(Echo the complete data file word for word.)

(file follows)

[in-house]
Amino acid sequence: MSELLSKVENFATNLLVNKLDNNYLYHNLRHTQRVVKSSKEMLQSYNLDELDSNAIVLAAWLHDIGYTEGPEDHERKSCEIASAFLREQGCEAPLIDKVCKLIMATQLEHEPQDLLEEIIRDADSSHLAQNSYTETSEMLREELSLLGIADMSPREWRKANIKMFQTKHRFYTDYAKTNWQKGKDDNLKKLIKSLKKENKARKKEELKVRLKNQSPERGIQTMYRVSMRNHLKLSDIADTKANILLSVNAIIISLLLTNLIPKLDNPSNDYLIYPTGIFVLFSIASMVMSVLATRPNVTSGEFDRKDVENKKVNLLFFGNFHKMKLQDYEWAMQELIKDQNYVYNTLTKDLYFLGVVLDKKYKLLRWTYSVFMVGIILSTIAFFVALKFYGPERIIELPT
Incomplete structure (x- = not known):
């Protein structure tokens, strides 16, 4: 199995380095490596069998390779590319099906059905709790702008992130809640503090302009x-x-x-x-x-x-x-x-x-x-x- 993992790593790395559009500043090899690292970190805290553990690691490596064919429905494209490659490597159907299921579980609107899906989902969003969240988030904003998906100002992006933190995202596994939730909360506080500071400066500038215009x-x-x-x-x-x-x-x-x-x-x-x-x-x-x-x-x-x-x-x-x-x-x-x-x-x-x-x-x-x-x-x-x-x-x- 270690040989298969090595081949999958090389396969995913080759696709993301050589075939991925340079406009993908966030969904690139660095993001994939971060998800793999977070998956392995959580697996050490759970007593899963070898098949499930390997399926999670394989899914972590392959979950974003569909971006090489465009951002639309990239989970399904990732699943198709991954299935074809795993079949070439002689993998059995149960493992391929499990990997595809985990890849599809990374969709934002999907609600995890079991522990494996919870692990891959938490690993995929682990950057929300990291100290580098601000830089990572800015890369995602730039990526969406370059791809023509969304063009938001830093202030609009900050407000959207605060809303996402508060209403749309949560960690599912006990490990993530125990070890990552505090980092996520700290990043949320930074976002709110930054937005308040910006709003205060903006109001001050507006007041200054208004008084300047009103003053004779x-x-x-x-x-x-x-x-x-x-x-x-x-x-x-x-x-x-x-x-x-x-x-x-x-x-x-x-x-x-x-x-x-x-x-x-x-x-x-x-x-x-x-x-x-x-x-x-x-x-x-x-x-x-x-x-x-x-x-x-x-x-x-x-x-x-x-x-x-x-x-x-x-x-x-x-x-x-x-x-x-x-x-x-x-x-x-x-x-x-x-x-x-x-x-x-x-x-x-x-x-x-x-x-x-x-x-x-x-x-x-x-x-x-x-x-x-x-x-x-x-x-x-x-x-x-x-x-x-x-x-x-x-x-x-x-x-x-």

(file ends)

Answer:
[in-house]
Amino acid sequence: MSELLSKVENFATNLLVNKLDNNYLYHNLRHTQRVVKSSKEMLQSYNLDELDSNAIVLAAWLHDIGYTEGPEDHERKSCEIASAFLREQGCEAPLIDKVCKLIMATQLEHEPQDLLEEIIRDADSSHLAQNSYTETSEMLREELSLLGIADMSPREWRKANIKMFQTKHRFYTDYAKTNWQKGKDDNLKKLIKSLKKENKARKKEELKVRLKNQSPERGIQTMYRVSMRNHLKLSDIADTKANILLSVNAIIISLLLTNLIPKLDNPSNDYLIYPTGIFVLFSIASMVMSVLATRPNVTSGEFDRKDVENKKVNLLFFGNFHKMKLQDYEWAMQELIKDQNYVYNTLTKDLYFLGVVLDKKYKLLRWTYSVFMVGIILSTIAFFVALKFYGPERIIELPT
Incomplete structure (x- = not known):
């Protein structure tokens, strides 16, 4: 199995380095490596069998390779590319099906059905709790702008992130809640503090302009x-x-x-x-x-x-x-x-x-x-x- 993992790593790395559009500043090899690292970190805290553990690691490596064919429905494209490659490597159907299921579980609107899906989902969003969240988030904003998906100002992006933190995202596994939730909360506080500071400066500038215009x-x-x-x-x-x-x-x-x-x-x-x-x-x-x-x-x-x-x-x-x-x-x-x-x-x-x-x-x-x-x-x-x-x-x- 270690040989298969090595081949999958090389396969995913080759696709993301050589075939991925340079406009993908966030969904690139660095993001994939971060998800793999977070998956392995959580697996050490759970007593899963070898098949499930390997399926999670394989899914972590392959979950974003569909971006090489465009951002639309990239989970399904990732699943198709991954299935074809795993079949070439002689993998059995149960493992391929499990990997595809985990890849599809990374969709934002999907609600995890079991522990494996919870692990891959938490690993995929682990950057929300990291100290580098601000830089990572800015890369995602730039990526969406370059791809023509969304063009938001830093202030609009900050407000959207605060809303996402508060209403749309949560960690599912006990490990993530125990070890990552505090980092996520700290990043949320930074976002709110930054937005308040910006709003205060903006109001001050507006007041200054208004008084300047009103003053004779x-x-x-x-x-x-x-x-x-x-x-x-x-x-x-x-x-x-x-x-x-x-x-x-x-x-x-x-x-x-x-x-x-x-x-x-x-x-x-x-x-x-x-x-x-x-x-x-x-x-x-x-x-x-x-x-x-x-x-x-x-x-x-x-x-x-x-x-x-x-x-x-x-x-x-x-x-x-x-x-x-x-x-x-x-x-x-x-x-x-x-x-x-x-x-x-x-x-x-x-x-x-x-x-x-x-x-x-x-x-x-x-x-x-x-x-x-x-x-x-x-x-x-x-x-x-x-x-x-x-x-x-x-x-x-x-x-x-």